Ankr defi project exploited for over $5 million

The BNB Chain-based Ankr defi protocol suffered an exploit of their aBNB token. "We are currently working with exchanges to immediately halt trading," they wrote. However, the attacker had already bridged and tumbled at least $5 million in funds from the exploit before the announcement was even made.

Early analysis by PeckShield suggested that the contract had an unlimited mint bug, allowing arbitrary minting of aBNB tokens. The attacker, and possible subsequent copycat attackers, used this flaw to mint quadrillions of aBNB, which they then traded to various other tokens.

Auros misses loan payment due to FTX exposure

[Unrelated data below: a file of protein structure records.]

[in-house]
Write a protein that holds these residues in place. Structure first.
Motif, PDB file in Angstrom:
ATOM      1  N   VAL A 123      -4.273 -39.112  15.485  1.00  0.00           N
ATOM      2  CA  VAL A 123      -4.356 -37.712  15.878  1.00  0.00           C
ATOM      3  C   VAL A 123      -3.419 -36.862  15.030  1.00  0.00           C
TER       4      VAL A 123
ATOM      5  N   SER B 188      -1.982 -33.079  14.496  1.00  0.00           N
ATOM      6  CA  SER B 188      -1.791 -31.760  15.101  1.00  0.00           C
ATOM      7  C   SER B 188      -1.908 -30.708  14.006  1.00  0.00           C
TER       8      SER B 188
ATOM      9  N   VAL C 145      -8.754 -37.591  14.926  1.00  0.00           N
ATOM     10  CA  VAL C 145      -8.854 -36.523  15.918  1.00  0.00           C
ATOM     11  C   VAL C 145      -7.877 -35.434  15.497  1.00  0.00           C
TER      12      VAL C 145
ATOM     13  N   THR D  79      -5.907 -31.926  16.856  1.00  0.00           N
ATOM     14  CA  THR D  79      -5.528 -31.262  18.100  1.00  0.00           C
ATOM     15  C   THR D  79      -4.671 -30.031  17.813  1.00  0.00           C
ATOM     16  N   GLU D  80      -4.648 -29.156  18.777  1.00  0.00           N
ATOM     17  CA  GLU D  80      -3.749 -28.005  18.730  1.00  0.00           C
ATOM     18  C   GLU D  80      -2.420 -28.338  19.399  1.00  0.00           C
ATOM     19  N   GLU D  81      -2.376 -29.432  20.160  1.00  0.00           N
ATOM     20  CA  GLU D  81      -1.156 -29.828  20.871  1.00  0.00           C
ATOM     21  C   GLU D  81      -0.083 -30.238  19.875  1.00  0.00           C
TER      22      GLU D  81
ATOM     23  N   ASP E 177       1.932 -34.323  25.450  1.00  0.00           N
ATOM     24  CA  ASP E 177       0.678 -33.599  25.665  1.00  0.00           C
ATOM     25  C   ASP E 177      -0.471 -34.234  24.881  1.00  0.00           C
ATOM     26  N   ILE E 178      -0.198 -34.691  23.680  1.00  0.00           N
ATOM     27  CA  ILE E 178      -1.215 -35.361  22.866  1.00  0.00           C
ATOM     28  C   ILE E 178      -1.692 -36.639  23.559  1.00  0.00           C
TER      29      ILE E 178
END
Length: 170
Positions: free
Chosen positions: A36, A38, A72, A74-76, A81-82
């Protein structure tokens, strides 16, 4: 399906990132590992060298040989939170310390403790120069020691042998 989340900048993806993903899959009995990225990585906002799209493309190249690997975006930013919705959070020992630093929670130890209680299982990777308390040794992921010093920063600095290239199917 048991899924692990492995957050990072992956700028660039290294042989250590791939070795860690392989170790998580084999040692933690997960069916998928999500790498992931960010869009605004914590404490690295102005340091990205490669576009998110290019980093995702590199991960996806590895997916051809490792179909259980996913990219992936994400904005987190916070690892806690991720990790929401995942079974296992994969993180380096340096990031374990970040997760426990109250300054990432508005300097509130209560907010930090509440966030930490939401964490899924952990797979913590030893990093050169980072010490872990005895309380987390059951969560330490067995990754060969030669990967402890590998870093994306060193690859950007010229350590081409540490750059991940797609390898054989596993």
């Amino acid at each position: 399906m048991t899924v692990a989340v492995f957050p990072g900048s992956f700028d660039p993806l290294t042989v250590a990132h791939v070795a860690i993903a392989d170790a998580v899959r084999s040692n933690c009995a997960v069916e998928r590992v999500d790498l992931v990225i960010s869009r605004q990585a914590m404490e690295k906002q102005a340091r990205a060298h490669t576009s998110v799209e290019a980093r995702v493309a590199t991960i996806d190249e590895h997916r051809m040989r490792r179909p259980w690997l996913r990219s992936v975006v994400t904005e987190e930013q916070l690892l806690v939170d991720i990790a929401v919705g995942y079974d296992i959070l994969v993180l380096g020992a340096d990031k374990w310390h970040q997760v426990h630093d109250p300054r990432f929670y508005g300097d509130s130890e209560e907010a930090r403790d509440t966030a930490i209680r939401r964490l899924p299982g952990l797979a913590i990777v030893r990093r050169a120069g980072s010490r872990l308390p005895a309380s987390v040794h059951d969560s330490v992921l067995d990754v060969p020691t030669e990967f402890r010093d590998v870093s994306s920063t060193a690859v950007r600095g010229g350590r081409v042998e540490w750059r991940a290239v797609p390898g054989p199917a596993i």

Crypto trading firm Auros missed a payment on its 2,400 wETH (~$3 million) loan from the Maple defi lending project. According to M11 Credit, the operator of the credit pool from which Auros has taken the loan, this was due to "a short-term liquidity issue as a result of the FTX insolvency".

In total, Auros has 8,400 wETH (~$10.7 million) and $7.5 million in USDC in loans from M11 credit pools, plus another $2.4 million in loans from the Clearpool defi lending project, for a total of more than $20 million in unsecured loans.

Kraken pays over $360,000 to settle violations of sanctions against Iran

The US cryptocurrency exchange Kraken settled charges from the Office of Foreign Assets Control (OFAC) alleging that they had violated sanctions against Iran. In the agreement, Kraken will pay $362,158.70 for the potential civil liability, and agree to commit $100,000 in various compliance controls.